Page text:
(Bloomberg) -- When Doug Kimmelman was starting out at Goldman Sachs in 1980s Los Angeles, he brought his girlfriend to the office during off-hours to work on a secret project together.
“Don’t tell Goldman Sachs, but we used to use the copy machine every weekend to make booklets for the kids,” Kimmelman said.
That early support for a public school teacher in L.A., some 30 years on, has turned into something much bigger. Kimmelman, who now runs his own private equity firm, is spending $40 million to build a tennis and education center in Carson, California, about 10 miles from the elementary school where his wife taught when they were dating.
The project came into focus after Carol Kimmelman died of ovarian cancer in 2017 at the age of 53. Kimmelman and their four children started talking about what to do to honor her memory. They focused on two things: her early commitment to teaching disadvantaged youth in the region where she grew up, and her love for tennis. Not only was she an excellent player -- on USC’s national championship team in 1983 and in competitions almost right up until she died -- she’d served on an advisory board for the United States Tennis Association Foundation.
Kimmelman, 58, reached out to the USTA. The organization and its entities steered $10 million toward establishing the West Coast hub of the National Junior Tennis and Learning Program and for the development of world-class American players. It will contain as many as 52 tennis courts.
For the education component, he hustled an introduction to Tiger Woods, impressed with the TGR Foundation’s STEM program in Anaheim. Woods found a “synergy” with the project honoring Carol, as he had been through an similar experience, creating the Earl Woods Scholars mentoring program after his father died. TGR is running a learning center on the 80-acre site, which, ironically enough, is replacing part of a golf course. Woods doesn’t mind.
“When we first started, we were a golf-based foundation,” Woods said in an interview. “After 9/11, I decided to go a different route. I told my dad, we’re not going to be golf-based, we’re going to be education-based. That’s how I was raised. School became before sports.”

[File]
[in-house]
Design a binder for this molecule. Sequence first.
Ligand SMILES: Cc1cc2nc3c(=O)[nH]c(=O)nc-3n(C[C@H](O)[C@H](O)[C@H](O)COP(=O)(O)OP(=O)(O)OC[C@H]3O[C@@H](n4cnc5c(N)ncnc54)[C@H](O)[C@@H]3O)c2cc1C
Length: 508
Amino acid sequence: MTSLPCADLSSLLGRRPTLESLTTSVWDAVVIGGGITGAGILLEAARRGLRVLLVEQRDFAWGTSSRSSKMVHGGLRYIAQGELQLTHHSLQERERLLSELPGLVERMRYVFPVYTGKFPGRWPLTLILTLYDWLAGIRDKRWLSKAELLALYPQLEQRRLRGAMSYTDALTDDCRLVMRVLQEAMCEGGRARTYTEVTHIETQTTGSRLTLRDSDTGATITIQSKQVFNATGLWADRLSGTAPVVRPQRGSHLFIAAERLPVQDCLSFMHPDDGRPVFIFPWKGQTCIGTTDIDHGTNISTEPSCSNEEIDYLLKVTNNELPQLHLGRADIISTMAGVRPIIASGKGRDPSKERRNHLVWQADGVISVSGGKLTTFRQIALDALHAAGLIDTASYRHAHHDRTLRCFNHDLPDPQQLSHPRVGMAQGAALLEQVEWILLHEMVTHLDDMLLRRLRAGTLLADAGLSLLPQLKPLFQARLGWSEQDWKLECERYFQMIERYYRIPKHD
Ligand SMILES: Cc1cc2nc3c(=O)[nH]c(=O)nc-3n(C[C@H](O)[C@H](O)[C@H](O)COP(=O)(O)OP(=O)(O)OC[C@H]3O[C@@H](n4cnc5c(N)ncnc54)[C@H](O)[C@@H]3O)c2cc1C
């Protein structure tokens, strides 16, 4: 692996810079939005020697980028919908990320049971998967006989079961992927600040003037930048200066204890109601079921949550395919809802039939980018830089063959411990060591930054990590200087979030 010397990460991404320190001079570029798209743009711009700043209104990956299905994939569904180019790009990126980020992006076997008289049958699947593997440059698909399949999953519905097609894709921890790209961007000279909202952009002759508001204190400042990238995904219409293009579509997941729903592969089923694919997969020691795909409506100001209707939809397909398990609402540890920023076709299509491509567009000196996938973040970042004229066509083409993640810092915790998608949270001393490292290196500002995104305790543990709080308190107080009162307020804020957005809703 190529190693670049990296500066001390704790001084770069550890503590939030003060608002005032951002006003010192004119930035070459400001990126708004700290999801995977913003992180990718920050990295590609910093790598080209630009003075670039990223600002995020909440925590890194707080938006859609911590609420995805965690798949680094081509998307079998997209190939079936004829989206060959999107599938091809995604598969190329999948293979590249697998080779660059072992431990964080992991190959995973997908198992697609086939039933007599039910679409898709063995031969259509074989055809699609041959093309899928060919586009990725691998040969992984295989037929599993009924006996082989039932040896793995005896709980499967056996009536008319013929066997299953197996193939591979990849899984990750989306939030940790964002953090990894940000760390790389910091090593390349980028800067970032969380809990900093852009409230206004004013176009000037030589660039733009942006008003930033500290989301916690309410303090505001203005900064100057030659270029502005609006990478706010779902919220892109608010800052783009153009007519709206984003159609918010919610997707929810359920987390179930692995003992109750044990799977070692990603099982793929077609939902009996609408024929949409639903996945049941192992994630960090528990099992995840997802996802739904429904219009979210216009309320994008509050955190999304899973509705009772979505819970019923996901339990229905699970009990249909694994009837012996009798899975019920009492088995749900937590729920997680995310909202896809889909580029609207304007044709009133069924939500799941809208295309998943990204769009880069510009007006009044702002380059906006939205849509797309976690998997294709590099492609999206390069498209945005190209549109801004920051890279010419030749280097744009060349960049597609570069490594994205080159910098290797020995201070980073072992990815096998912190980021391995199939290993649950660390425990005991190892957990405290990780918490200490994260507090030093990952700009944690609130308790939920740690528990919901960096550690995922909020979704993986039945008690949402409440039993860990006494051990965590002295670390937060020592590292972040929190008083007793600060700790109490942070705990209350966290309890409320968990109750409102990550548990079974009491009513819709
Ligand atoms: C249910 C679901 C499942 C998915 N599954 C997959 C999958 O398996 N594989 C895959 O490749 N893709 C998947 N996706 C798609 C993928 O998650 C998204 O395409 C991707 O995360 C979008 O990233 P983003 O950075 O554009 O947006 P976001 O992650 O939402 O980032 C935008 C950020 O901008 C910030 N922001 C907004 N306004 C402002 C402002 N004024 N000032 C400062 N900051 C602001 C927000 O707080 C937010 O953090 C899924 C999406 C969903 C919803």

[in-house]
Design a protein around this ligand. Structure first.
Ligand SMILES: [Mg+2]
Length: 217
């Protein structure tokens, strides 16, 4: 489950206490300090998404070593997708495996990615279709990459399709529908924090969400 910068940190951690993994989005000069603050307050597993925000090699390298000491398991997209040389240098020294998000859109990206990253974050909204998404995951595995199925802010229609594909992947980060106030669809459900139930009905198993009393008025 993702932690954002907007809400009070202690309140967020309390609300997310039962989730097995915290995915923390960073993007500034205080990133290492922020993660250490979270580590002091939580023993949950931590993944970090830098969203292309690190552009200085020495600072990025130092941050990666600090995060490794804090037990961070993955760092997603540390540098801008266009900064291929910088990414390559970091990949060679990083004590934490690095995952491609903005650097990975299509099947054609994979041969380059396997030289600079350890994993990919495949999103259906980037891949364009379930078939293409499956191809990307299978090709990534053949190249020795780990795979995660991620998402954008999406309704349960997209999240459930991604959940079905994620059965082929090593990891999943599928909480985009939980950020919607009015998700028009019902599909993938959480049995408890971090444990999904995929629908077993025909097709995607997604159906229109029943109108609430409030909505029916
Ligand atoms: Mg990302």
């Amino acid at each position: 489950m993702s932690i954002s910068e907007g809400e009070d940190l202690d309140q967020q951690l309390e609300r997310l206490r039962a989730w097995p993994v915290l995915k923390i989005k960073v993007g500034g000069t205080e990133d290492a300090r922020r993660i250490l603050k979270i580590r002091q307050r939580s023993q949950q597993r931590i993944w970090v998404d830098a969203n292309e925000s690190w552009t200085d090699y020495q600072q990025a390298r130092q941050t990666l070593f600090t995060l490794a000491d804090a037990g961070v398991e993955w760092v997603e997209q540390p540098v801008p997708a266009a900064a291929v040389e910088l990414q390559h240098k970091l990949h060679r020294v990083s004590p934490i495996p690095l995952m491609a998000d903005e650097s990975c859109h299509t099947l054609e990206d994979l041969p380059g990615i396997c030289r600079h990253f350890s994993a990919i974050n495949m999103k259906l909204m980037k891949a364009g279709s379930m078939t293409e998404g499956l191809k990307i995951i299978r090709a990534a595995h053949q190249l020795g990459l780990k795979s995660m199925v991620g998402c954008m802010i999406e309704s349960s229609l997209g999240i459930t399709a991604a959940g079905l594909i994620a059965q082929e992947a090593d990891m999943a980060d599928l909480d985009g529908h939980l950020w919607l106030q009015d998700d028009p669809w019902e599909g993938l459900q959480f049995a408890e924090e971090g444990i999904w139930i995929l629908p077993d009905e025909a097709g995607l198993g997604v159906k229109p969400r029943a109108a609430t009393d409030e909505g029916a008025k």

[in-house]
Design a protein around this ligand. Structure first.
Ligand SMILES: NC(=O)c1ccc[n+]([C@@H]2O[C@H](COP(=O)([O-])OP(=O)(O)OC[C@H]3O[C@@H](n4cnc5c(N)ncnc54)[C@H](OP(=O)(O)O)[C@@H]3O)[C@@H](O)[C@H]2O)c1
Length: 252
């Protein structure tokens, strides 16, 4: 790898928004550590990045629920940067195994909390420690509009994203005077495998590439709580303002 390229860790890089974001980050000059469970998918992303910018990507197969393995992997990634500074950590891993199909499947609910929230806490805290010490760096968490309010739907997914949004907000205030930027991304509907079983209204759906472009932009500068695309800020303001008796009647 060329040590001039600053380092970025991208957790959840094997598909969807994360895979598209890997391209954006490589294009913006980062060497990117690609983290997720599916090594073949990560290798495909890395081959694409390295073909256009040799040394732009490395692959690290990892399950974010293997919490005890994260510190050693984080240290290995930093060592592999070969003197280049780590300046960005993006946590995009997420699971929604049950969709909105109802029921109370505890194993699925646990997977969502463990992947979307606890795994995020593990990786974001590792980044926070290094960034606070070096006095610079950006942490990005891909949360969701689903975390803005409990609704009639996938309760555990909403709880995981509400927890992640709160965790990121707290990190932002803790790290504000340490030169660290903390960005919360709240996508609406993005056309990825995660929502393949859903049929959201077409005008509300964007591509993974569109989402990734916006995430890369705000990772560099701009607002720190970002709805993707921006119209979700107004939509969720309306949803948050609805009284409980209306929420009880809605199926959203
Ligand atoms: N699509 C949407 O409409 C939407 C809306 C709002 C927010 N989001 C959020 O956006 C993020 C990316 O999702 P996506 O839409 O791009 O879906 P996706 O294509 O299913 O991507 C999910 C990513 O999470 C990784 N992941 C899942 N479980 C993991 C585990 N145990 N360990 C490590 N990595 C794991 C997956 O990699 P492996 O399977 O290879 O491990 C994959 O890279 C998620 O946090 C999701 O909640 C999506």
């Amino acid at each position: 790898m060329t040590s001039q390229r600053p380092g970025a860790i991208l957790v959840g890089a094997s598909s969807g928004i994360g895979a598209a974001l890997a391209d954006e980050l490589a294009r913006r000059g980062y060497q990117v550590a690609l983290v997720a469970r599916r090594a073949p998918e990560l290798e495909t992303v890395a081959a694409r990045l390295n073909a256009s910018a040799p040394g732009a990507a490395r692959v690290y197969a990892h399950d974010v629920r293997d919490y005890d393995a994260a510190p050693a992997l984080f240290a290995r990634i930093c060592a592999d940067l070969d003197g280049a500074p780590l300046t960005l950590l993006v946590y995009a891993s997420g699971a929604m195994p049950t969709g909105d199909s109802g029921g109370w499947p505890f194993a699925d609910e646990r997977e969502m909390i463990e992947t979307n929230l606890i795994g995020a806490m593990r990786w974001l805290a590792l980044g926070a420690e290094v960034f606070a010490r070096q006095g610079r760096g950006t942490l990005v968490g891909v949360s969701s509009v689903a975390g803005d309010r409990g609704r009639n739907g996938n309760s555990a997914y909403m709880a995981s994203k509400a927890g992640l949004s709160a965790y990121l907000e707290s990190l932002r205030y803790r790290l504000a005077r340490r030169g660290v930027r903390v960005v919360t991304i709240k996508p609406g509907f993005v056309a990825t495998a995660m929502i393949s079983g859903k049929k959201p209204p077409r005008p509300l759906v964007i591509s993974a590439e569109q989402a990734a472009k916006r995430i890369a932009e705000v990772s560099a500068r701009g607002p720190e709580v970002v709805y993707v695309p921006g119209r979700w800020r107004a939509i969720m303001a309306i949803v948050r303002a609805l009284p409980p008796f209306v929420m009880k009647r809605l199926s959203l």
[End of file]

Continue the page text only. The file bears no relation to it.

In Carson, Woods said he sees an opportunity to “put together a building in which we encourage all the kids that this is your property, you take ownership of it.” It will be 25,000 square feet and contain labs, classrooms and interactive stations. And he said the foundation is looking to extend its reach globally to reach millions of kids.
In fact, running his foundation may well become a full-time endeavor. “Absolutely, I don’t foresee my playing career out here as long as others competing at the highest level,” Woods said. “Now, will I play the game, yes, but playing the game and going against the best players on a weekly basis are two different things. Sometime down the road I will be able to put my full energies into the direction of the foundation.”
Kimmelman has been the driver of the project even as he runs Energy Capital Partners. He said the execution requires the same skills he uses at work.
“Just show me the brick wall and we will run through it,” Kimmelman said. “In any project there are curve balls, disappointments and challenges and you figure your way out around them. To me there are enormous parallels in my business world.”
Building on a landfill has required legal work by land-use lawyers at Latham & Watkins, which donated its services. That aspect “did not sound like a daunting thing” to Kimmelman, whose firm owns facilities that burn garbage to make electricity.
Kimmelman also was determined to build support for the project from the people who would benefit: those in the community. He visited the school where his wife taught, the same one where he used to go on his lunch break (“The famous line is her third-graders would ask her, ‘Miss Richardson, why is Mr. Doug in his church clothes?”’ he said.)
He sat down at a card table at the Boys & Girls Clubs of Carson, where a member of the Samoan community told him their kids desperately needed soccer fields. That’s when he went to Philip Anschutz’s AEG and the Los Angeles Galaxy pro soccer franchise and signed them on as partners.
Kimmelman had no discomfort facing people of much lesser means that he has. “I was born in Irvington, New Jersey, a tough town. I’m a public school kid,” he said.
At Goldman, he was placed in pipeline and utilities. “People who work at utilities, it’s not about making the big dollars, it’s about a providing a service that’s a public good. My world for 20 years was traveling around in the middle of the country. Maybe where I happened to end up was in a world with normal people, with hard-working people. We have 15,000 employees in our different portfolio companies, people working in power plants. Maybe I’ve just been exposed to the real world more so than if I was a hedge-fund guy at a trading desk.”
The cost of the project is estimated to be $60 million to $100 million. The plans are going through county approvals. Construction could begin in 2020 with a completion date projected for 2021.
The Kimmelman Family Foundation is giving $30 million for construction and $10 million toward the annual operating budget. Many of Carol’s friends have donated too, he said, though fundraising hasn’t begun in earnest.
“We decided we’re going to do this at this magnitude, and let’s see what it costs,” Kimmelman said. “If we did a couple of tennis courts, what’s that going to change?”
(Updates with USTA funding in fifth paragraph.)
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